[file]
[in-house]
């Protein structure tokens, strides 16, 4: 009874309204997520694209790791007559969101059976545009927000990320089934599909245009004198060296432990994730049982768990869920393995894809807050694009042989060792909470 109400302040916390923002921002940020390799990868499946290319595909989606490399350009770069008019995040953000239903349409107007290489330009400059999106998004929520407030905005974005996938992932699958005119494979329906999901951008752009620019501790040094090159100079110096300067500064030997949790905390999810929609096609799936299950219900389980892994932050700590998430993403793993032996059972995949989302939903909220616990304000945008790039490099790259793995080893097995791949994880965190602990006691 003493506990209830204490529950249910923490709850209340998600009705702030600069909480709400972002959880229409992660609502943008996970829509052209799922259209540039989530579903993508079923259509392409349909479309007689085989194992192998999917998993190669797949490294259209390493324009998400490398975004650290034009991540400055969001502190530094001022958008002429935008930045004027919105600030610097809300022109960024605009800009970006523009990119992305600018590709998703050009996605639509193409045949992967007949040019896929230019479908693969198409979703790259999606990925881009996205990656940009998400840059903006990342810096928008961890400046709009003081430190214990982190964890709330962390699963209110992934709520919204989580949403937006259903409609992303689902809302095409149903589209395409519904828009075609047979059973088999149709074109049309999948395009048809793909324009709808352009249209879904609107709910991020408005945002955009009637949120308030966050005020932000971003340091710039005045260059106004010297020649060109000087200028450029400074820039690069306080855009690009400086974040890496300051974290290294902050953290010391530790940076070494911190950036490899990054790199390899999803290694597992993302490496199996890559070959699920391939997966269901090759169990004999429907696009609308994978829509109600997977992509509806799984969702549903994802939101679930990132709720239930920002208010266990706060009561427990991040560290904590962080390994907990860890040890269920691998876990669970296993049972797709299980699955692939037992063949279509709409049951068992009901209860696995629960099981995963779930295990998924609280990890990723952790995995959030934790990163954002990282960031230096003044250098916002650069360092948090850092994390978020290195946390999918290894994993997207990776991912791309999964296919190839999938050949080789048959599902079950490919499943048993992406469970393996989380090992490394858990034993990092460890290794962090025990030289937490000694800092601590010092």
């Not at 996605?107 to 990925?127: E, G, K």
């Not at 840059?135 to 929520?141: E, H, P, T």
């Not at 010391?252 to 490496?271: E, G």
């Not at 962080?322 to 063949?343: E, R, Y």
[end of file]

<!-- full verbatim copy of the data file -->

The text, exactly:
[in-house]
């Protein structure tokens, strides 16, 4: 009874309204997520694209790791007559969101059976545009927000990320089934599909245009004198060296432990994730049982768990869920393995894809807050694009042989060792909470 109400302040916390923002921002940020390799990868499946290319595909989606490399350009770069008019995040953000239903349409107007290489330009400059999106998004929520407030905005974005996938992932699958005119494979329906999901951008752009620019501790040094090159100079110096300067500064030997949790905390999810929609096609799936299950219900389980892994932050700590998430993403793993032996059972995949989302939903909220616990304000945008790039490099790259793995080893097995791949994880965190602990006691 003493506990209830204490529950249910923490709850209340998600009705702030600069909480709400972002959880229409992660609502943008996970829509052209799922259209540039989530579903993508079923259509392409349909479309007689085989194992192998999917998993190669797949490294259209390493324009998400490398975004650290034009991540400055969001502190530094001022958008002429935008930045004027919105600030610097809300022109960024605009800009970006523009990119992305600018590709998703050009996605639509193409045949992967007949040019896929230019479908693969198409979703790259999606990925881009996205990656940009998400840059903006990342810096928008961890400046709009003081430190214990982190964890709330962390699963209110992934709520919204989580949403937006259903409609992303689902809302095409149903589209395409519904828009075609047979059973088999149709074109049309999948395009048809793909324009709808352009249209879904609107709910991020408005945002955009009637949120308030966050005020932000971003340091710039005045260059106004010297020649060109000087200028450029400074820039690069306080855009690009400086974040890496300051974290290294902050953290010391530790940076070494911190950036490899990054790199390899999803290694597992993302490496199996890559070959699920391939997966269901090759169990004999429907696009609308994978829509109600997977992509509806799984969702549903994802939101679930990132709720239930920002208010266990706060009561427990991040560290904590962080390994907990860890040890269920691998876990669970296993049972797709299980699955692939037992063949279509709409049951068992009901209860696995629960099981995963779930295990998924609280990890990723952790995995959030934790990163954002990282960031230096003044250098916002650069360092948090850092994390978020290195946390999918290894994993997207990776991912791309999964296919190839999938050949080789048959599902079950490919499943048993992406469970393996989380090992490394858990034993990092460890290794962090025990030289937490000694800092601590010092």
């Not at 996605?107 to 990925?127: E, G, K």
């Not at 840059?135 to 929520?141: E, H, P, T």
């Not at 010391?252 to 490496?271: E, G």
């Not at 962080?322 to 063949?343: E, R, Y």